...and the rest of us

Some 30,000 post 9/11 service members and veterans have been desperate enough to take their own lives.  A real day for veterans would provide mental and physical support services that would seek to reduce or eliminate these self-inflicted casualties.

John Miksad

There are 40,000 homeless veterans in this country. A real day for veterans would address their physical and emotional needs and help them access permanent housing.

One of every 10 post 9/11 veterans has been diagnosed with a substance-abuse problem. A real day for veterans would help them get treatment without stigmatization or shame.

Fifteen percent of post 9/11 veterans suffer from PTSD. A real day for veterans would provide them with the mental health services they need to cope with the soul damaging trauma they experienced.

Of course, the only real solution is to prevent this terrible toll on our veterans by keeping our young men and women out of harm’s way and shielding them from the tragedies that befall them as a result of the physical and emotional trauma of war. This is the best way to protect and support the rest of us as well. The fact is that the REAL threats to our safety and security cannot be addressed by military actions.

First, the COVID pandemic has taken the lives of 750,000 U.S. citizens over the last two years. We need to work to get through this pandemic and then take the lessons learned to prepare for future pandemics. This will take time, energy, and resources.

Second, climate change is dramatically impacting U.S. citizens and people around the world. We are now seeing; first hand; the flooding, wildfires, storms, heatwaves, droughts, accelerated species extinction, and the first climate refugees. Experts predict that all of these phenomenon will continue to grow in frequency and magnitude.

Third, the threat of nuclear annihilation has been dangling over our heads like a sword of Damocles for 60 years. There have been close calls and near misses over the decades but we continue to allow our leaders to play nuclear chicken, jeopardizing civilization and all life on the planet.

All of these threats are global threats threatening all people of all nations and can only be solved with a global response. It won’t matter who has supremacy in the world if it is in ashes. Currently, we are fighting over deck chairs on the Titanic while the ship is going down. It is foolish, destructive, and suicidal.

A new approach is required. The old cold war ways no longer serve us. We need a new paradigm that replaces relentless competition in the name of myopic economic national interests with global humanitarian concerns. It is in the interest of all people and all nations to deal with these global threats. War and conflict increase fear, hatred, and suspicion of one another. We need to break down existing barriers between nations and start working together on the things that can harm us and undermine our safety and security.

Recently, the U.S. Congress has been debating (with a corresponding public debate) the merits of two large legislative packages now totaling around $3 trillion of spending over 10 years. The debate has been raging for months. Yet, at the same time, Congress is pushing through what amounts to a $10 trillion plan for the Pentagon over the same time period with relatively little discussion in Washington D.C. and even less public discussion. We need to realize that the military cannot solve our current set of problems. Ending the death, suffering, and destruction caused by arms races and war is the first step toward building the trust required for international cooperation and collaboration. The only reason engagement, diplomacy, treaties, and relentlessly striving for lasting peace has not worked is because it hasn’t yet been tried.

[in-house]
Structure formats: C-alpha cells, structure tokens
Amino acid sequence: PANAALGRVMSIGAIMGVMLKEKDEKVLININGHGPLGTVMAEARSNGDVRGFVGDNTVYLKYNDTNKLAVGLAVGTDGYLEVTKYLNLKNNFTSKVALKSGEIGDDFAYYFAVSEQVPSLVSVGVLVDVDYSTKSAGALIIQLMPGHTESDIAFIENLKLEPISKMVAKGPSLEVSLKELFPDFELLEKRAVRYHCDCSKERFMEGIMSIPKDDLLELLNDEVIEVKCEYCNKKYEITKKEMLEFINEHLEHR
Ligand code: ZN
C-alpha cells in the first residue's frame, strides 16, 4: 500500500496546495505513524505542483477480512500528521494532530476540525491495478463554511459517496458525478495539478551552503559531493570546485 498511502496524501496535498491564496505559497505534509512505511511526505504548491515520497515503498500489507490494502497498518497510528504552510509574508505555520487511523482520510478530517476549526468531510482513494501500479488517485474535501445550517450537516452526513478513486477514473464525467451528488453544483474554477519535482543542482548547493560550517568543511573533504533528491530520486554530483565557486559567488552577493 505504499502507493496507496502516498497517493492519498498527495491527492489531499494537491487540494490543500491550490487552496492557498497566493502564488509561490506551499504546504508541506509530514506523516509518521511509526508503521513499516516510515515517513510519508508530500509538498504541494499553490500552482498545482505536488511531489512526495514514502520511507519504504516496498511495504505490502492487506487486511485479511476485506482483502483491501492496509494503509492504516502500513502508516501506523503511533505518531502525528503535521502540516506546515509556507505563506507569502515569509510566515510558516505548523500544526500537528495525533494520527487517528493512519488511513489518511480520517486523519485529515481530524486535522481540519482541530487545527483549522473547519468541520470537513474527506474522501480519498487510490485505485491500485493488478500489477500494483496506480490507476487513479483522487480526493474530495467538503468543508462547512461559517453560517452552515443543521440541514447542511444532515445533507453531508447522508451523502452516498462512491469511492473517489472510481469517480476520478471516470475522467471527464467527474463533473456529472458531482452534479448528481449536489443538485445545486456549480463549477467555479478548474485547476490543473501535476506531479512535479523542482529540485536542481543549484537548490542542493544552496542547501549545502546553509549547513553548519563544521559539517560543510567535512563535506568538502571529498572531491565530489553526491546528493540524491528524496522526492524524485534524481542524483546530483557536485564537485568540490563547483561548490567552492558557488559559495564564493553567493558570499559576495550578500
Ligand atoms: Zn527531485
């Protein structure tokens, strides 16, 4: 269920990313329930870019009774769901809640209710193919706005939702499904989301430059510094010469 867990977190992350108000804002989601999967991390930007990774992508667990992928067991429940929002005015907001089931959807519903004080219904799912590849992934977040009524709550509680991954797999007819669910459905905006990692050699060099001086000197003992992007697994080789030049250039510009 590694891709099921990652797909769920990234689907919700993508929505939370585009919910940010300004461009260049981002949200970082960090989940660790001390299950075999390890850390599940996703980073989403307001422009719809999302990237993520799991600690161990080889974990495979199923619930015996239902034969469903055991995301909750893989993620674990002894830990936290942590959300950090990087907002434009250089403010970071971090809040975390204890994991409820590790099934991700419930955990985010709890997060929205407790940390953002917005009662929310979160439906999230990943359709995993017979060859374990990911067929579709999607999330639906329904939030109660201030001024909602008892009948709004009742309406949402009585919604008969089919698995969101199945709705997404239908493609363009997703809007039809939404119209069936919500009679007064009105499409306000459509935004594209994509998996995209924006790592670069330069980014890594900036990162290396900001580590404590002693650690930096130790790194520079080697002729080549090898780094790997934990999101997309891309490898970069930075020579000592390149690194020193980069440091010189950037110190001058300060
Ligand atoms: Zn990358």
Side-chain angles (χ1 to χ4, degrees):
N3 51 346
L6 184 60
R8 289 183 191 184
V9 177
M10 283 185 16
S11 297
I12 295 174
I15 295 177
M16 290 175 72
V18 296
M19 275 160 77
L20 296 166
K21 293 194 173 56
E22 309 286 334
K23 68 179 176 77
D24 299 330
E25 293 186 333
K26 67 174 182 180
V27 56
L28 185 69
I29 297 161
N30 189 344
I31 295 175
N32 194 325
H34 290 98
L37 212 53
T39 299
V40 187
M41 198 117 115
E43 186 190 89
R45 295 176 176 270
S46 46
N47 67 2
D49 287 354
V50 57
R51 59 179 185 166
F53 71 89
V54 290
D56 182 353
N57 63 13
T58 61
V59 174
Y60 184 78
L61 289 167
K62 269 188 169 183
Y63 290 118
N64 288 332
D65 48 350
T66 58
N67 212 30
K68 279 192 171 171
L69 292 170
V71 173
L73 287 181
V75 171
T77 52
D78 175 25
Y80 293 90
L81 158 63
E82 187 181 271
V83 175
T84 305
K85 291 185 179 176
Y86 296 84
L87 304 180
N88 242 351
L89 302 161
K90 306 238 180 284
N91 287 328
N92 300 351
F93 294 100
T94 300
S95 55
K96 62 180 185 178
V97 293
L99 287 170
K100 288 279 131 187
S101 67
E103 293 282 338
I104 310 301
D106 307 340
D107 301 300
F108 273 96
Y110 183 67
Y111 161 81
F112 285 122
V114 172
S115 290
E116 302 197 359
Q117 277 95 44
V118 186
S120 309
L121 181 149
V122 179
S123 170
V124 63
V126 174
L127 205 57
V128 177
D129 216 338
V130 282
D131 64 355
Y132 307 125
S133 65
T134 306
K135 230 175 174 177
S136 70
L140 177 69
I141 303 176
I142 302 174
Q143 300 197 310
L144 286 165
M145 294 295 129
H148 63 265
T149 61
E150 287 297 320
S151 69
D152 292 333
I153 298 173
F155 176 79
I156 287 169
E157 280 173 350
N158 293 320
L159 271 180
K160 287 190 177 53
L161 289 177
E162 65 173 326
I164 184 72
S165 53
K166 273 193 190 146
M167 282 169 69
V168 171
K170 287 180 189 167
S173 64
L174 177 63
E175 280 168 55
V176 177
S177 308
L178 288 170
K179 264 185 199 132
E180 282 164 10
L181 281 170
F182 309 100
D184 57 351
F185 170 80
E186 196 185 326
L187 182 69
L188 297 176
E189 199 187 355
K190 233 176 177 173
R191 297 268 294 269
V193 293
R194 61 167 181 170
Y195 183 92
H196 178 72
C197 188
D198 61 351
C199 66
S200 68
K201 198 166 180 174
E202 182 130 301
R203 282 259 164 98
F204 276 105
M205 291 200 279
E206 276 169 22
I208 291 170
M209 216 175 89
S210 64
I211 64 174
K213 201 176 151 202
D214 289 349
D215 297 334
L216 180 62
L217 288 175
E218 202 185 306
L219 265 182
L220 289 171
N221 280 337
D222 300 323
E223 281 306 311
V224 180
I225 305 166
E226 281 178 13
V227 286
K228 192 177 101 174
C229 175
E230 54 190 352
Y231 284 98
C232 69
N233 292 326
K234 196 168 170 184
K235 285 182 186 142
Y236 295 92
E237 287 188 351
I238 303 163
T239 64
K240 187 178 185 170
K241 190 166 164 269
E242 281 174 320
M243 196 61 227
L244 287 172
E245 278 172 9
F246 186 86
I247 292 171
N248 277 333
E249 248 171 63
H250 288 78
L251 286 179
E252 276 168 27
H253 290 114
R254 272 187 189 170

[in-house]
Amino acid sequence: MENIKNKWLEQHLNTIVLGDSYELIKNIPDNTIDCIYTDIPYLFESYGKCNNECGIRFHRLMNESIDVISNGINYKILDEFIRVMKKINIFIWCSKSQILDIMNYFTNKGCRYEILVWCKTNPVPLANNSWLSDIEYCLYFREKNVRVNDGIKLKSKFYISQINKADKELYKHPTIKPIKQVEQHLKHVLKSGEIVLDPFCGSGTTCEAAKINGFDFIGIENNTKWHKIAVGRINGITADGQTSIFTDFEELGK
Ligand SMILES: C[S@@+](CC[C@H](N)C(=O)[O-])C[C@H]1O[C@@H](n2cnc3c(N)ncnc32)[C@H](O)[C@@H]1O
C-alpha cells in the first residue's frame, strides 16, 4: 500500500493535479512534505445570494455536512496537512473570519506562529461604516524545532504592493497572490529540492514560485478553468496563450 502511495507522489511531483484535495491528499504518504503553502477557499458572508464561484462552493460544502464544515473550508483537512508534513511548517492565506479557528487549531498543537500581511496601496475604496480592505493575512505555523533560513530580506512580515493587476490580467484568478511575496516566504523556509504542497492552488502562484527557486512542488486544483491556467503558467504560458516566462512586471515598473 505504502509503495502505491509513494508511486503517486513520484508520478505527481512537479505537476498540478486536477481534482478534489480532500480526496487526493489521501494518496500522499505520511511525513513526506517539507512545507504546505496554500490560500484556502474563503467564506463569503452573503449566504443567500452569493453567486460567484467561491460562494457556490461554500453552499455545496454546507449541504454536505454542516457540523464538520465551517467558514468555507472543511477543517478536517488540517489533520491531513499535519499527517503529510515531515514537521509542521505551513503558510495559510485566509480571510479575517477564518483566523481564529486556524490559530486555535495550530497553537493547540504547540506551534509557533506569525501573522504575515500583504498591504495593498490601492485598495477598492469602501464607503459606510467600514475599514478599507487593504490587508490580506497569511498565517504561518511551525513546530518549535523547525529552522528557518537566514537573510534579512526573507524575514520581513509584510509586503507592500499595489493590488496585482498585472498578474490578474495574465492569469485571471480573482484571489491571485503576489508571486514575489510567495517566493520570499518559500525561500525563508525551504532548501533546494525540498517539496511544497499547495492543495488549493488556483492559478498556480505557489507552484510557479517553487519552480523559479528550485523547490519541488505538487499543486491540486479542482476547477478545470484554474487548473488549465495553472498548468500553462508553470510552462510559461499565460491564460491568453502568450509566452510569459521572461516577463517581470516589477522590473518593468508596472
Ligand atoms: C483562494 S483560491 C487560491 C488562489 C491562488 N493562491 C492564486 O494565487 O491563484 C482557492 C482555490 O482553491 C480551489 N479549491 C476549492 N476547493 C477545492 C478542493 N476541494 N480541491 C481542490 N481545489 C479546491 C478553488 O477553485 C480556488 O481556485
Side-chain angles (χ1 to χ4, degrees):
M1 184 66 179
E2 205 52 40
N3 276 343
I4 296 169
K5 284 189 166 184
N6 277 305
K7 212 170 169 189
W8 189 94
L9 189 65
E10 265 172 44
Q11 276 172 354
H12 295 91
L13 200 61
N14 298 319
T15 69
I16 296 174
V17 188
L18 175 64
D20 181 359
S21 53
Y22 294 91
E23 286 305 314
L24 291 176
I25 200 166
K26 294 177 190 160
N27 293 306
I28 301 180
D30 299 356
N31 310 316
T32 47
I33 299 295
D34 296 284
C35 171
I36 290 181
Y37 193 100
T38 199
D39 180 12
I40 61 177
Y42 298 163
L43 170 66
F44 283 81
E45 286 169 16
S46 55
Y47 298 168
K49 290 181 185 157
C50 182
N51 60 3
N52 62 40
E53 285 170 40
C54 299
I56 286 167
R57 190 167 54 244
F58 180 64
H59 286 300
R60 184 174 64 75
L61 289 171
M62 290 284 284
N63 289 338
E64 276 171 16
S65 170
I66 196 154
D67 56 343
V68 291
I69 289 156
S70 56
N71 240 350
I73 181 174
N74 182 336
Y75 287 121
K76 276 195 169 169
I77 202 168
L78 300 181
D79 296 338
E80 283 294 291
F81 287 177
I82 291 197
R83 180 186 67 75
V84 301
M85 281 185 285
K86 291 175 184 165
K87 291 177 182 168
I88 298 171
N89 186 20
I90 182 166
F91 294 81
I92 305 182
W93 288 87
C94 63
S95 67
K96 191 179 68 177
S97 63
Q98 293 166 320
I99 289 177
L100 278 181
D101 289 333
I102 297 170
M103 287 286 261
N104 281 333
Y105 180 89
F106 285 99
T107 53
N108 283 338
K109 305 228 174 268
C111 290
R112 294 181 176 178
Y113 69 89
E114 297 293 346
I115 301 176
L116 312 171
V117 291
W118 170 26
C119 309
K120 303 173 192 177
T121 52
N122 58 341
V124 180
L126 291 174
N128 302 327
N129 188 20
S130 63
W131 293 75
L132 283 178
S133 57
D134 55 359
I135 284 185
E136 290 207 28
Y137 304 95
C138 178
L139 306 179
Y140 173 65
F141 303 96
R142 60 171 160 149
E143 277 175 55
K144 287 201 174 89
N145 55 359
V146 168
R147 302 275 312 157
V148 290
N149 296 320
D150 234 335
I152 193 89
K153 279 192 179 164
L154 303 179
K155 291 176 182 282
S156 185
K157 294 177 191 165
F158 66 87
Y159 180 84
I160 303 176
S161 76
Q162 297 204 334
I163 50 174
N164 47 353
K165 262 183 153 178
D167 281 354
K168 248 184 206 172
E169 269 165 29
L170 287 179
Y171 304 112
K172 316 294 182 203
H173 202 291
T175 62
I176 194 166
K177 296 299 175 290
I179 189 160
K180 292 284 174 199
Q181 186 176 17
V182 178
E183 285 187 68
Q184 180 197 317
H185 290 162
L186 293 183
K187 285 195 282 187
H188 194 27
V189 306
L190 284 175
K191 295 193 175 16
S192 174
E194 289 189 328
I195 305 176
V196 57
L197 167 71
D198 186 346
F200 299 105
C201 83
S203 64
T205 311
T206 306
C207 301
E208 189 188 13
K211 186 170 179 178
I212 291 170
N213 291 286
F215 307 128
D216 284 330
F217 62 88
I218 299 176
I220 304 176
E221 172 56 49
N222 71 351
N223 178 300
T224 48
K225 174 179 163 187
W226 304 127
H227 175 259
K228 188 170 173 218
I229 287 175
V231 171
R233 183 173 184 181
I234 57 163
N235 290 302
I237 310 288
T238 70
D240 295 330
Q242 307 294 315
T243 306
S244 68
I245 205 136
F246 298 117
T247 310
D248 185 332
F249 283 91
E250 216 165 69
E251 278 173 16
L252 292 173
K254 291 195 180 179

Eliminating war and militarism would allow us to focus on reducing or preventing the harm caused by the existential threats. We would reap additional benefits as well. Reduced fear and suspicion of “other,” reduced stress, anxiety, and worry, a cleaner environment, an improved democracy, greater liberty, and less human suffering. We could improve education, clean up our water, reduce violence in our society, improve our infrastructure, provide better housing, and create a sustainable economy that we can be proud to bequeath to our grandkids. We can help our current soldiers and veterans in the process. In other words, we can work toward building a better world rather than destroying other nations and our own through endless war.

A rational nation would see the history of overwhelming military failures over the last 70 years and conclude that war does not solve our issues; in fact it exacerbates them. A rational nation looking forward would not choose ever-increasing militarism and never-ending war when pandemics, climate change, and the threat of nuclear war endangers all of humanity.

So on this Veterans Day, put out your flag, go see the parade, donate to your favorite veteran organization, but realize this is not enough. What our service members and veterans need is assurance that we never send them to war again unless we have absolutely no alternative.

The fact is there are always better alternatives to war. This is especially true today because in addition to war’s inherent destructiveness, it also distracts us from dealing with the real things that jeopardize our safety and security. So the single greatest gift we can bestow on our veterans and service members is to work creatively and non-violently to end war. This also happens to be the greatest gift we can give to all of humanity.

John Miksad of Wilton is a Chapter Coordinator for World Beyond War and a new grandfather.